SAG: “Larry. Because I wanted to simply cut and paste your exact wording you emailed me, I’ve put it in this fake interview format. I hope you don’t mind. Thought it would save time.”
LH: “No problem, Steven. I appreciate the good review, by the way.”
SAG: “No problem. One day I may come to you and ask for a favor…”
SAG: “Nothing. So, please tell me in your own words, which I will copy and paste into the end roll, as it were, of this piece, what your show is about.”
LH: “Certainly, Steven. I love the top-hat by the way.
SAG: “Thanks. I got it up on Hollywood….”
LH: “Lose the tights.”
LH: “It’s a show I wrote about my experiences of being homeless for about a year in San Francisco back-in-the-day: I kind-of folded it all up into funny fables, stories and rants based on what I did, saw and heard that year, and the scams and schemes to just get through the day. The show’s mainly told through two characters I met and still write about: one is a 15 year-old master pickpocket I call Sometimes Jones; and the other is a 70-year-old, self-proclaimed ‘Urban Survivalist’: a homeless, poet-window-washer-panhandler street guru I named Emmett Deemus: he’s still homeless after 40 years, proud of it, and now living on the beach in Venice, California and the show is also about his take on the difference between being, ‘…homeless an’ bein’ Home Free’. It’s me telling stories of not only what homeless and hungry is like and the trips you find yourself going through, but really the bazaar or clever schemes you’d never-ever think you or anyone else would think up just to get through one day. It ain’t easy. But yeah: to me, in hindsight, the worse it got, the funnier it was.”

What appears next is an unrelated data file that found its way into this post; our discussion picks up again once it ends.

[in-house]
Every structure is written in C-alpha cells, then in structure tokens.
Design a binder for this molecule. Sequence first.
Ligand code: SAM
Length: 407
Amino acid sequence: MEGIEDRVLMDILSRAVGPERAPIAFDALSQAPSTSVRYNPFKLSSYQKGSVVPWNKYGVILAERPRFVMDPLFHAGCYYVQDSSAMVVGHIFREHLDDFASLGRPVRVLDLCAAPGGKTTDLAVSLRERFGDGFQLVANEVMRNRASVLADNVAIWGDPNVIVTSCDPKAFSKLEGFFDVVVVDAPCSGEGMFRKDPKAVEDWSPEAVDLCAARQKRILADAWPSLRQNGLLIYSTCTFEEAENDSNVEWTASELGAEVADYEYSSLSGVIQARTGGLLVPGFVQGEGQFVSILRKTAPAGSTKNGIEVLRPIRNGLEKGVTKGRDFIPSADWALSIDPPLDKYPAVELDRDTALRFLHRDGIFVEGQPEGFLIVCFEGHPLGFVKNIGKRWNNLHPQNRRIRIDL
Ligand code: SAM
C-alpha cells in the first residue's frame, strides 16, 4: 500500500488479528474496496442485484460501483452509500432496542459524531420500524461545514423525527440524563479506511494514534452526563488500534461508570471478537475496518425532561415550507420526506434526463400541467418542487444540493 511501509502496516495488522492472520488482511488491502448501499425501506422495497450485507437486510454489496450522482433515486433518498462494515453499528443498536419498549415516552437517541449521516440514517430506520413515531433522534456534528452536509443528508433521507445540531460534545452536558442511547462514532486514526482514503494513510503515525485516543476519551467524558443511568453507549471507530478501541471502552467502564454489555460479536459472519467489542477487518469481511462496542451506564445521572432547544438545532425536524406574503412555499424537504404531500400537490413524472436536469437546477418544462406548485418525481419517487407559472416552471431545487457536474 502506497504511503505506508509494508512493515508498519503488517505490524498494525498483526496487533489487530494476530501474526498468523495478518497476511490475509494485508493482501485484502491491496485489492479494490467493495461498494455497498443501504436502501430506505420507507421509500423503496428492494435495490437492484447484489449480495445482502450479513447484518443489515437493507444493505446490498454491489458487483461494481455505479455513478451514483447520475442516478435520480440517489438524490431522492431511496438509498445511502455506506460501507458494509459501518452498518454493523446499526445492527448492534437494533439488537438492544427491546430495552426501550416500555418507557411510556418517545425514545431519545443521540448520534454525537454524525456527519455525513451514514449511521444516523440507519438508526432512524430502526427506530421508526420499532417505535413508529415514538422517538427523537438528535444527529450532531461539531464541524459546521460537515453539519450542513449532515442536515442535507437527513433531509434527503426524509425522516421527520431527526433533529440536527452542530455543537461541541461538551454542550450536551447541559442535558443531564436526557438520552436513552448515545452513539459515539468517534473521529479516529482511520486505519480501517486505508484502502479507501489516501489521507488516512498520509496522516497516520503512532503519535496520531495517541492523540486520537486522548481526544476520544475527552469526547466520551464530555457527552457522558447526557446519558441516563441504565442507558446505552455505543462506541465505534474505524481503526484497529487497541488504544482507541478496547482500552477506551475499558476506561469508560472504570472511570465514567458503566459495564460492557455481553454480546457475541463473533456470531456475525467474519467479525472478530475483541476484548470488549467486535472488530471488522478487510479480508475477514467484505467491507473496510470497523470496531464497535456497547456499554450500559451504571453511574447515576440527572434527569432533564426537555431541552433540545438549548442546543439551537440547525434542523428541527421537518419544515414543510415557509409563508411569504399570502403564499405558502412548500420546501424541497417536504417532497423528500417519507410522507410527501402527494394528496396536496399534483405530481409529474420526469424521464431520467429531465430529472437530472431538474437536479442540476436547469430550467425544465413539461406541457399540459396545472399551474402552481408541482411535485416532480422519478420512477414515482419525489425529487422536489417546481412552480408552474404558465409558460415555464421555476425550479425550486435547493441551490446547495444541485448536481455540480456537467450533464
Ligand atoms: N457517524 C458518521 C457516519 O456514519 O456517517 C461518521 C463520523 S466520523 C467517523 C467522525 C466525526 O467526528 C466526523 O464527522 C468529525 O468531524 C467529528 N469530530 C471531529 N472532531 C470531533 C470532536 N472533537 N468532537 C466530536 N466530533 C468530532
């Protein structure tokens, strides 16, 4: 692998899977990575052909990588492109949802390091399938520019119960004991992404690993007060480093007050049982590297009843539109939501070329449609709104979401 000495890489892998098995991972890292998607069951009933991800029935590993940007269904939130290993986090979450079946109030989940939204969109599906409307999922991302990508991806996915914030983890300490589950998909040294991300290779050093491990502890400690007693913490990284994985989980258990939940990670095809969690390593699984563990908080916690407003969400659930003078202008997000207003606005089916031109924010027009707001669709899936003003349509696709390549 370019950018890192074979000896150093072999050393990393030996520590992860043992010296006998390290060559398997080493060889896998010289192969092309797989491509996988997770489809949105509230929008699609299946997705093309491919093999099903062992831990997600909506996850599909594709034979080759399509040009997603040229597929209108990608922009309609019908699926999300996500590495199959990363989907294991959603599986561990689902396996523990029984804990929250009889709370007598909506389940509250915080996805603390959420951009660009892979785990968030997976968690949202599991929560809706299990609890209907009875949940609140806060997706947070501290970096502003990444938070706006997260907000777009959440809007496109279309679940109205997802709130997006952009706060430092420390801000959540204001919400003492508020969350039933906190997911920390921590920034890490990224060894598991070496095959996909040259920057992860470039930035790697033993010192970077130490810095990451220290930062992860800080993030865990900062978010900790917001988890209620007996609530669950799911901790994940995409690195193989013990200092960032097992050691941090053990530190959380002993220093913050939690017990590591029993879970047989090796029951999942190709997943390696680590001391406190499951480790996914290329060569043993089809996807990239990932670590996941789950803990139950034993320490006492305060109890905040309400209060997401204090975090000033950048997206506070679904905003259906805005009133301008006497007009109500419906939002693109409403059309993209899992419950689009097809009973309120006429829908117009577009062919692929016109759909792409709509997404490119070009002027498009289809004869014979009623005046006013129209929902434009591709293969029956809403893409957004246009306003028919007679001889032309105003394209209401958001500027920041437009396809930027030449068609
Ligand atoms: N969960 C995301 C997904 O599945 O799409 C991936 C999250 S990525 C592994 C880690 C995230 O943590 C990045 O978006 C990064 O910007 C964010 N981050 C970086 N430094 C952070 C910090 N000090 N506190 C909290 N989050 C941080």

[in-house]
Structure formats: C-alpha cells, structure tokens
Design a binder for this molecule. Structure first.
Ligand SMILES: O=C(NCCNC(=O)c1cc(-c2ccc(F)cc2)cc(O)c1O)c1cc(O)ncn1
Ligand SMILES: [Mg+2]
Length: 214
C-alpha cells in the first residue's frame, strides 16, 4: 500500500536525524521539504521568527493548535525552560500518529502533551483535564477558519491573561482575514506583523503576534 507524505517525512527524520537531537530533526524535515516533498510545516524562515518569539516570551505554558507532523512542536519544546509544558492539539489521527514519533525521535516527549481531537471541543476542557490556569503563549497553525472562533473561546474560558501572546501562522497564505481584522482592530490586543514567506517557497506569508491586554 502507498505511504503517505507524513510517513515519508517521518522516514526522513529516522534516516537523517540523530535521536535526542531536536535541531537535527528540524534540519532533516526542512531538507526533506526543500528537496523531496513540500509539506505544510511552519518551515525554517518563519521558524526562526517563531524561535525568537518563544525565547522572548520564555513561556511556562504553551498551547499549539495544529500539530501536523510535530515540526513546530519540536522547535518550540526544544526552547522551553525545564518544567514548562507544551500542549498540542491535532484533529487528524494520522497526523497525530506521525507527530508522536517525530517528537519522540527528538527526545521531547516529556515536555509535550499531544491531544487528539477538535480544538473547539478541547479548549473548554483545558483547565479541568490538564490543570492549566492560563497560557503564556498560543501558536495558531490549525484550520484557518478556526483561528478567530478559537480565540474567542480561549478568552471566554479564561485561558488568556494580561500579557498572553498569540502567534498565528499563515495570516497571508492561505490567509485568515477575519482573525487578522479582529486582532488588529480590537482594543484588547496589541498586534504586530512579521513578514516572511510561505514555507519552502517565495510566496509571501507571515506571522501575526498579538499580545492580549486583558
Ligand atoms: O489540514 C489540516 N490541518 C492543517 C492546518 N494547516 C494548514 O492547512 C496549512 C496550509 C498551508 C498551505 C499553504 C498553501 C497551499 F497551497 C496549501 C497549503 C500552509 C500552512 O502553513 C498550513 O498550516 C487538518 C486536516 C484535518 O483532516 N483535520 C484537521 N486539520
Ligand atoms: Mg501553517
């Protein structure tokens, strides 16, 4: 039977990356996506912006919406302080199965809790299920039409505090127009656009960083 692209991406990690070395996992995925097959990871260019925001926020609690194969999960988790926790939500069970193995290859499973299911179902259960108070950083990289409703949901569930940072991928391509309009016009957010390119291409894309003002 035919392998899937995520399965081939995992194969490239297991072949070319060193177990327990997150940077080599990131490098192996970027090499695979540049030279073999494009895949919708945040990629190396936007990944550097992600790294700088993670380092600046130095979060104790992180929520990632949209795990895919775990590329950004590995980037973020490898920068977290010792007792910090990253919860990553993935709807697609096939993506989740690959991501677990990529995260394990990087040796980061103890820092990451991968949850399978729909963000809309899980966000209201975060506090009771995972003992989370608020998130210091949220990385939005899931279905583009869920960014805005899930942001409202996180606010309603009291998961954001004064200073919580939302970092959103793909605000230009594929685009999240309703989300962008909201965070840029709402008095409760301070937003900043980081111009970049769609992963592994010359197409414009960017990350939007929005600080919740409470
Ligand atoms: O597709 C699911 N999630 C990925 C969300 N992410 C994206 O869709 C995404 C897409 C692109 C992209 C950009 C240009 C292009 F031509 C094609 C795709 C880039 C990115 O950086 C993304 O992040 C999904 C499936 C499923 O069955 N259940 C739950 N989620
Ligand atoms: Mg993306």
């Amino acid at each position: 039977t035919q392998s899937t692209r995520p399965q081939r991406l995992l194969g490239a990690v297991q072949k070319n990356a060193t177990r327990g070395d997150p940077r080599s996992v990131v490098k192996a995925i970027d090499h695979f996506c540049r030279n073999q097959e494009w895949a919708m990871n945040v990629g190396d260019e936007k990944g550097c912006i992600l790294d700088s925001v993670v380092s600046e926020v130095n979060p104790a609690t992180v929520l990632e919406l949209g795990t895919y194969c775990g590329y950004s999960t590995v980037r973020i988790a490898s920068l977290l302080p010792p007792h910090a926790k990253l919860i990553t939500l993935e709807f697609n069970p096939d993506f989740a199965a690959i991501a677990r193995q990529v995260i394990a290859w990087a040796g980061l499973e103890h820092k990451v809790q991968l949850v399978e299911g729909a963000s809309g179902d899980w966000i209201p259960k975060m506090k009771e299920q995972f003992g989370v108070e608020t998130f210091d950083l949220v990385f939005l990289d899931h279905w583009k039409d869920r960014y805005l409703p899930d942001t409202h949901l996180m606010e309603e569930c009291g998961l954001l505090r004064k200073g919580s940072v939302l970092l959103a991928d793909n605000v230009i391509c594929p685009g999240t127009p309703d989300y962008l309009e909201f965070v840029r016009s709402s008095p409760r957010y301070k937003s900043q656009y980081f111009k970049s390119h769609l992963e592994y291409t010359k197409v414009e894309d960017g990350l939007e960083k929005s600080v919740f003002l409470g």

“How To Be Homeless” was written & is performed by Larry Hankin and enjoys its limited run at The Fanatic Salon with just two more shows remaining. This Friday April 20 and next Friday April 27. 8pm show, plenty of parking. Free wine (possibly again). Tickets only sold at the door and call in reservations a must to guarantee a seat. Call 310 622 2046
For The Hollywood Dog,
This has been Steven Alan “Whoofy” Green